July 22, 2016; revised December 1, 2017; December 14, 2019
Three Components of the Mental Body (Manōmaya Kāya)
1. In previous posts in this series, we discussed kabalinkā āhāra for the physical body and three types of āhāra for the “mental body” (or manōmaya kāya or gandhabba): phassa āhāra, manō sancētanā āhāra, and viññāna āhāra.
- The manōmaya kāya or the gandhabba consists of three components: kammaja kāya, citta kāya, and utuja kāya. The kammaja kāya gets its energy at the beginning of that bhava and does not require any external āhāra. The utuja kāya is sustained continuously via fine rupa produced by kammaja kāya and cittaja kāya.
- Therefore, the three types of āhāra for the manōmaya kāya are all consumed by the cittaja kāya. This cittaja kāya is nothing but the stream of thoughts we generate.
- An aside: Sometimes, the gandhabba can inhale “arōma” or gandha (kabalinkā āhāra) and have a fine (misty) physical body too. Thus, the name gandhabba, where “abba” means “inhale” or, in this case, “absorb.” Such “more solidified” are the ones that people can sometimes see and even be captured by a camera.
The Big Picture
2. Now, we can take a step back and look at the big picture, which gives a very illuminating view. This “big picture” could be beneficial in comprehending the anicca nature. Of course, this is not the only way to grasp anicca nature.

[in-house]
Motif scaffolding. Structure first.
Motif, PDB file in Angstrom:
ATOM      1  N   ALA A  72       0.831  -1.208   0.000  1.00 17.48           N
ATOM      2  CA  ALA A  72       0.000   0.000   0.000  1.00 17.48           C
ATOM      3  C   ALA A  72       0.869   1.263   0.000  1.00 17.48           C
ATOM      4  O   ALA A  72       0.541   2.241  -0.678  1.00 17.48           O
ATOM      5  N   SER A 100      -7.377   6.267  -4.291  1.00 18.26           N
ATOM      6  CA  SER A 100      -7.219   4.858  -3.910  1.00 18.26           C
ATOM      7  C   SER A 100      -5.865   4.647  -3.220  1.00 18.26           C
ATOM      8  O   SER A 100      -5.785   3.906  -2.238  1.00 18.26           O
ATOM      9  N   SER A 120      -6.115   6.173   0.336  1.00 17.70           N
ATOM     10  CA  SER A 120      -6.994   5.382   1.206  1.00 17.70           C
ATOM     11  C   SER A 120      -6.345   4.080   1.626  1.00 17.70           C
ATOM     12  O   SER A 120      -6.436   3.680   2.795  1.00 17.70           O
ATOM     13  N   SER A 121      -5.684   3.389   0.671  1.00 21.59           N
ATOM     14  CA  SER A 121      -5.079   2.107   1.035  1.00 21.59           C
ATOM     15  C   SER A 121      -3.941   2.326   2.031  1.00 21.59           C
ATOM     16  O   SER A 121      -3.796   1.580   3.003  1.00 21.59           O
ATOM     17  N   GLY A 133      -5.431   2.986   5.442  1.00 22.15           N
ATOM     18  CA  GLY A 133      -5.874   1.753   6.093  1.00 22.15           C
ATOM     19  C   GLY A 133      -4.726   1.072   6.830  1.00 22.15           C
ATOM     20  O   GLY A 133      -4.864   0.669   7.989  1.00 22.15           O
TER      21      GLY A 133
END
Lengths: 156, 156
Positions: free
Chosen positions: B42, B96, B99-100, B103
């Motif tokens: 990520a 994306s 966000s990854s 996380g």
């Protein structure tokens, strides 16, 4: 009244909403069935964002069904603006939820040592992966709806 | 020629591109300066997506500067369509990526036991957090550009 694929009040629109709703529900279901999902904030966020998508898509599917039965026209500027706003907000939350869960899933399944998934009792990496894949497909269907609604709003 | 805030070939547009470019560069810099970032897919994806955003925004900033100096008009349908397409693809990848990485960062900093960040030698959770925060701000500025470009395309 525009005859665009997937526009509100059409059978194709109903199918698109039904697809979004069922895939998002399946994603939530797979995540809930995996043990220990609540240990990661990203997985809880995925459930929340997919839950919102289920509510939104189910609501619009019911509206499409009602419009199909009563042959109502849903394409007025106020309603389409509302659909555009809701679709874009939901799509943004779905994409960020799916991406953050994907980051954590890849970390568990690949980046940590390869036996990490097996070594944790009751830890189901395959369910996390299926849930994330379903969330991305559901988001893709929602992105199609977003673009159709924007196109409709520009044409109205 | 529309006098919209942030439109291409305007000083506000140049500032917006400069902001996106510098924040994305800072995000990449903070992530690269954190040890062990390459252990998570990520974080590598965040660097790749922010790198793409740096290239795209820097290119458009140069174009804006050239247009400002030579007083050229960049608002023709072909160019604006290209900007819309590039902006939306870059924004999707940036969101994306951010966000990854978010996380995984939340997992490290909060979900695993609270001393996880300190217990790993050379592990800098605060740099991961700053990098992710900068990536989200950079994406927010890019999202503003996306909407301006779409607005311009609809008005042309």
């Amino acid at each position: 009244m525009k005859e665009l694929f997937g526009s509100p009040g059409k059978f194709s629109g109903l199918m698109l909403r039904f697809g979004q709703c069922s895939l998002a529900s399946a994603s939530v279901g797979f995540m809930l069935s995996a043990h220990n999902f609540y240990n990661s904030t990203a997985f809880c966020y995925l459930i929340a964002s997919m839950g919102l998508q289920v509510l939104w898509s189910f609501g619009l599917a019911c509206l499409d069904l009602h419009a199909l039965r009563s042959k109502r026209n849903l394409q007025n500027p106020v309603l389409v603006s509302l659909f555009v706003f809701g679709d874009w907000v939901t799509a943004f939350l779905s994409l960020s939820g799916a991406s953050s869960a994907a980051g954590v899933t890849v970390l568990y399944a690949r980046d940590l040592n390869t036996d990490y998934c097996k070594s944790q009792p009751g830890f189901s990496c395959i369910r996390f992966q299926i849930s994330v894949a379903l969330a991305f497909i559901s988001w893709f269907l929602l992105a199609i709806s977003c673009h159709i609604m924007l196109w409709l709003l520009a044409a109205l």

- The physical body we value so much and think about as “me” is a temporary shell. Like anything material in this world, it grows and peaks and then starts the downhill march ending in decay and eventual death. At the death of the physical body, the gandhabba comes out and has to wait for a suitable womb to start building a new body if the human bhava still has more kammic energy left; see, for example, “Bhava and Jāti – States of Existence and Births Therein” and “Gandhabba – Only in Human and Animal Realms.”
- This is a critical factor that contributed to the concept of a “self” (“āthma” in Hinduism.) Hindu yogis who cultivated abhiññā powers could look back at a finite number of previous lives and could see a gandhabba giving rise to repeated rebirths in human form (they likely practiced jhāna in those recent previous lives, which made it easier for them to attain abhiññā powers in this life).